Cooper’s outburst was nothing compared to what Marks said after the game to Anderson and in his interview.

Cooper and Gothberg both said they were impressed and happy with Marks talking with Anderson at the end of the game.

They saw it as he was sticking up for the team.

“That shows a lot of class and respect on our team,” Gothberg said about Cooper and Marks. “They see a guy working his butt off and they want to see him get rewarded. We want to have success for each other. It wasn’t a crushing win but we put pucks in the back of the net.”

Back For The First Time…

Former Illinois-Chicago coach Val Belmonte, who is part of an ownership group looking to bring a USHL team to Marion, Ind., said Tuesday the league is finalizing plans to bring a team to the city by the start of the 2012-13 season.

Belmonte said the new Marion franchise is awaiting a decision from the league’s executive committee and they are reviewing a number of items before giving Belmonte’s group the green light to give the league what would potentially the USHL’s 17th franchise and ninth in the Eastern Conference. Belmonte said his group purchased the old Thunder Bay Flyers franchise’s membership. The Flyers creased USHL operations in 2000.

“That discussion is being finalized as you and I speak right now,” Belmonte said. “The last time we talked to the league, we were finalizing the process of the design, finalizing getting the property, getting our financing in order and things we had to get in line before we move forward. We wanted a franchise that has dormant…it is the old Thunder Bay franchise based on approval from the league. I am very confident we should get their approval. It is going to be a dynamic approval.”

Belmonte said the deal to bring Marion into the league could be finalized in early January, less than one month away. Once the deal has been finalized and the second construction phase begins on a $30 million, 5,400-seat facility, the Marion franchise will begin operations.

When that happens, it will start the search for a head coach/general manager for the USHL Futures Draft in April and the USHL Entry Draft in May to build a team for the 2012-13 season which will start in late September or early October depending upon scheduling. That is also when the team will focus on finding a nickname, mascot and jersey design.

Belmonte, who was also an assistant at North Dakota, UIC and Harvard, said he would not be the team’s general manager/head coach but entrust someone else with the role.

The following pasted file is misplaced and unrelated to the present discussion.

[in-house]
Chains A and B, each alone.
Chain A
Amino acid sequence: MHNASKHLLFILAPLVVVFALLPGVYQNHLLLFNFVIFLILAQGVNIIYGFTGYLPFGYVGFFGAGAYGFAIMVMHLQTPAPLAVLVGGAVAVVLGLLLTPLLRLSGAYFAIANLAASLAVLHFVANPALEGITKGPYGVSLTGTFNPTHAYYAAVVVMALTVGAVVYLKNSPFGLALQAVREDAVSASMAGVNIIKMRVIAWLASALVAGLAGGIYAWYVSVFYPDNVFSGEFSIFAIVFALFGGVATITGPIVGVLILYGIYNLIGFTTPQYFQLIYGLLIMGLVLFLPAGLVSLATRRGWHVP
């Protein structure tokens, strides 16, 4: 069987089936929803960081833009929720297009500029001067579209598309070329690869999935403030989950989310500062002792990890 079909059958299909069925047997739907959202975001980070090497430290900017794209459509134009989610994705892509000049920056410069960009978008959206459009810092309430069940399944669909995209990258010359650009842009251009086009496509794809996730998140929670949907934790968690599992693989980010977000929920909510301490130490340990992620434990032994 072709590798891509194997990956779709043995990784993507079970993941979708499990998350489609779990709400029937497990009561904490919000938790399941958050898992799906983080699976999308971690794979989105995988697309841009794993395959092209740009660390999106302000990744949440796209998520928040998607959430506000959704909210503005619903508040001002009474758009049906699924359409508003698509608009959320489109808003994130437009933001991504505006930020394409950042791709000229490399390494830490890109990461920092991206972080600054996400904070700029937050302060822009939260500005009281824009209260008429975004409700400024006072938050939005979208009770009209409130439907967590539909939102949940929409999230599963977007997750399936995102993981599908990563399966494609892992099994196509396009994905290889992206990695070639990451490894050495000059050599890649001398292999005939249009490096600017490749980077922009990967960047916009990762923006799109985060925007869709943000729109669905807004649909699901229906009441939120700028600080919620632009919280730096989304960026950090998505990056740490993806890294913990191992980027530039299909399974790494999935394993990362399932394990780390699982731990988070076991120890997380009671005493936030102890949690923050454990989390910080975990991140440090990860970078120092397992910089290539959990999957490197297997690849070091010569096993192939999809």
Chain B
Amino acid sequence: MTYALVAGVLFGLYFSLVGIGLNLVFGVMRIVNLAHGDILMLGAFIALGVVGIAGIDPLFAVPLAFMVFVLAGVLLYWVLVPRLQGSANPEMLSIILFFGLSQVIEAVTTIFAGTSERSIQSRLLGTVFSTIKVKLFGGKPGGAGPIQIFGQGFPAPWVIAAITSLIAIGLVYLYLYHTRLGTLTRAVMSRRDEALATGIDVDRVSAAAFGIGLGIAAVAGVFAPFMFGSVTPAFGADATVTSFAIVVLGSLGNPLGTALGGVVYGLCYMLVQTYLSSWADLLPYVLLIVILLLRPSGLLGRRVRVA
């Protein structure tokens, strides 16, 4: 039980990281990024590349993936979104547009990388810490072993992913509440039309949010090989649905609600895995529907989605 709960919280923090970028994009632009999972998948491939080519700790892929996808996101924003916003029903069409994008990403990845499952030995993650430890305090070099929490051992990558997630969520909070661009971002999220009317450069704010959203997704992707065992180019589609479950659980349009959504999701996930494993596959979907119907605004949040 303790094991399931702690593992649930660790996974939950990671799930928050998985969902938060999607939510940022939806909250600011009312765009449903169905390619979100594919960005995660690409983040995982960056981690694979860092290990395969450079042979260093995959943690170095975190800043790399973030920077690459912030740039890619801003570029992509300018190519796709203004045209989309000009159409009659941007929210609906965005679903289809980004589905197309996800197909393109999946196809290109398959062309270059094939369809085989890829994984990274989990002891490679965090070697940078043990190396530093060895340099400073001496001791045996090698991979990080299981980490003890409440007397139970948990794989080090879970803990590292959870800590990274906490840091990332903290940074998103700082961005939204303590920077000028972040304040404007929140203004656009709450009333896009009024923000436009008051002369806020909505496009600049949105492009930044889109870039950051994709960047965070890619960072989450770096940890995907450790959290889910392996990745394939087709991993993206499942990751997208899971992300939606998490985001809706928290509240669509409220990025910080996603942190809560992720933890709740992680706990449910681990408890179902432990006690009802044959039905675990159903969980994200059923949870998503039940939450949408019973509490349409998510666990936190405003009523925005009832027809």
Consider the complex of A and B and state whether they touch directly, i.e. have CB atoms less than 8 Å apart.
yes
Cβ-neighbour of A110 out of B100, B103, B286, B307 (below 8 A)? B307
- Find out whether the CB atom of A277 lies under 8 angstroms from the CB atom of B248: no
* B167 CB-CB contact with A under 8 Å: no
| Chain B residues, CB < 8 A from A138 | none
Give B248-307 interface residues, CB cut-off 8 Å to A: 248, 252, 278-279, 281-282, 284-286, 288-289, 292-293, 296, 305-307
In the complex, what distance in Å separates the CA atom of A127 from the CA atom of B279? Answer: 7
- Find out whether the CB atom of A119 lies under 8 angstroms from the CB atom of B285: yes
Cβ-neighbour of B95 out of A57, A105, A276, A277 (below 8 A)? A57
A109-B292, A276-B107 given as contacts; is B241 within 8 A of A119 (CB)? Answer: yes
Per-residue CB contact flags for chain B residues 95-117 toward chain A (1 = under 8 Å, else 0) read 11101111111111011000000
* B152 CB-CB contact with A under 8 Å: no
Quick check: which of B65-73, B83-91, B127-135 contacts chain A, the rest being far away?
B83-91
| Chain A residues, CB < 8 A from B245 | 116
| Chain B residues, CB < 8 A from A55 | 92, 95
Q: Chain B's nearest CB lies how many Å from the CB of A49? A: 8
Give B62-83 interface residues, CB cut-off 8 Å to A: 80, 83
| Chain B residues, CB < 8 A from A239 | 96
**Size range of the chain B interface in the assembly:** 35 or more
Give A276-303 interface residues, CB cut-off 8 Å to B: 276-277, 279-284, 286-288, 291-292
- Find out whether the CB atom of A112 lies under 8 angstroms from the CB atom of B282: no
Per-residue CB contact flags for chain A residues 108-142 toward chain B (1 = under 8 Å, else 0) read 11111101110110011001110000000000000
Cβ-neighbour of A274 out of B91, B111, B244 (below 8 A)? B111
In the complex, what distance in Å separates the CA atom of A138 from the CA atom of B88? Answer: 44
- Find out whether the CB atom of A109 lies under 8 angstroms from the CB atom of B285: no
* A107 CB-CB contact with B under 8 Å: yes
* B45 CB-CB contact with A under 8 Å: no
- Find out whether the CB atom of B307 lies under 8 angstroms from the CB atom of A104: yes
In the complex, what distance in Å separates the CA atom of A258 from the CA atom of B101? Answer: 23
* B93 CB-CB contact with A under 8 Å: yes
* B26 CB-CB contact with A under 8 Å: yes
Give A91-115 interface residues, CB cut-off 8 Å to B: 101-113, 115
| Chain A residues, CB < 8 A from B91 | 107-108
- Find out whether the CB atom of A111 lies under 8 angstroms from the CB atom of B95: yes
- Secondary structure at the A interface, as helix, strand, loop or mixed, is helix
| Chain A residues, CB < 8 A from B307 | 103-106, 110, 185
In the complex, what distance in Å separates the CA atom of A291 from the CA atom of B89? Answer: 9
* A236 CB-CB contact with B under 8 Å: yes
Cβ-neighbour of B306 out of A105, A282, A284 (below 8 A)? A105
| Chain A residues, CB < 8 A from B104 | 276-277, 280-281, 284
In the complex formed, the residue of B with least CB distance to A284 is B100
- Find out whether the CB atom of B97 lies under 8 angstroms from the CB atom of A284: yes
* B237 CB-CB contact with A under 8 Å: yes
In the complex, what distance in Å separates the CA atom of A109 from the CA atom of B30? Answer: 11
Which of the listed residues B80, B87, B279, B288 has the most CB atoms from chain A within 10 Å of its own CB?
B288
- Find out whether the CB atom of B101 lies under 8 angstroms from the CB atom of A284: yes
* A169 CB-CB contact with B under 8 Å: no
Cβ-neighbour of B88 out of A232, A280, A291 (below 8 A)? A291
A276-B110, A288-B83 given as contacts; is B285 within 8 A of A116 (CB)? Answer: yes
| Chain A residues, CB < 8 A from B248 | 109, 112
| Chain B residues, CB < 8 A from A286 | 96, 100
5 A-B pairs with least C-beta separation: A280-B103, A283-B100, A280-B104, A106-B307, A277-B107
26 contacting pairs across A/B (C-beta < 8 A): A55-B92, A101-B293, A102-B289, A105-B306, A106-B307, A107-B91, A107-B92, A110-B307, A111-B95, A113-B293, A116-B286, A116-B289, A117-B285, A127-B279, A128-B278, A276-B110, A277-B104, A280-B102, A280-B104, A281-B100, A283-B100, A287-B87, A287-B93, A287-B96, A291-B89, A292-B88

The 2010-11 season it the last time the league expanded and it added two franchise in the Dubuque Fighting Saints and the Muskegon Lumberjacks. Belmonte said he didn’t know if the league was looking at adding a second franchise to accompany Marion pending league approval.

“To me, the only (new franchise) that I am familiar with is our franchise,” Belmonte said. “I have not heard of another new franchise. That doesn’t mean there hasn’t been discussion of one, but I am not aware of it.”

Bringing a franchise to Marion has been discussed since May when the city issued a press release announcing it would be constructing the Marion Sports and Entertainment Complex along with making a USHL franchise its primary tenant.

Belmonte’s ownership group, the Chicago-based Game 7 Seven LLC, will own the franchise and operate the facility. The ownership group also includes attorney and Chicago Wolves owner William Buddy Meyers and Minneapolis-area executive Kevin Dulin, who is president of an equity company specializing in the sale of companies along with providing strategic plans for clients.

It took about a year, Belmonte said, for him and his partners to come up with a business model along with the type of venue they wanted to build. Once it was decided they wanted a USHL franchise, the focus turned to using a feasibility study to find a community which would fit the league’s blueprint and benefit from hockey.

“This is a multi-sport facility and we are going to have to put in 130 events a year and hockey is going to be 30 and it is only going to be 25 percent of our business,” Belmonte said. “We had to make sure it would fit into the other type of events. At the same time, it had to be a community that was missing a component to fulfill its needs. There are a lot of great places in the Midwest and we wanted to stay in the Midwest.”

Marion became the best fit following conversations with the city’s mayor, Wayne Seybold, a former figure skater who along with his sister represented the United States in pairs figure skating.

Belmonte said Seybold told him about the land, which is now the site for the arena and following conversations with multiple parties including Indiana Gov. Mitch Daniels, an avid sports fan, a partnership between Game 7 Seven and the city was forged.

Yet it isn’t all about hockey in Marion. The arena would be part of a project which would include a few residential areas, shopping centers and restaurants in the hopes of expanding Marion, a city of less than 30,000 people.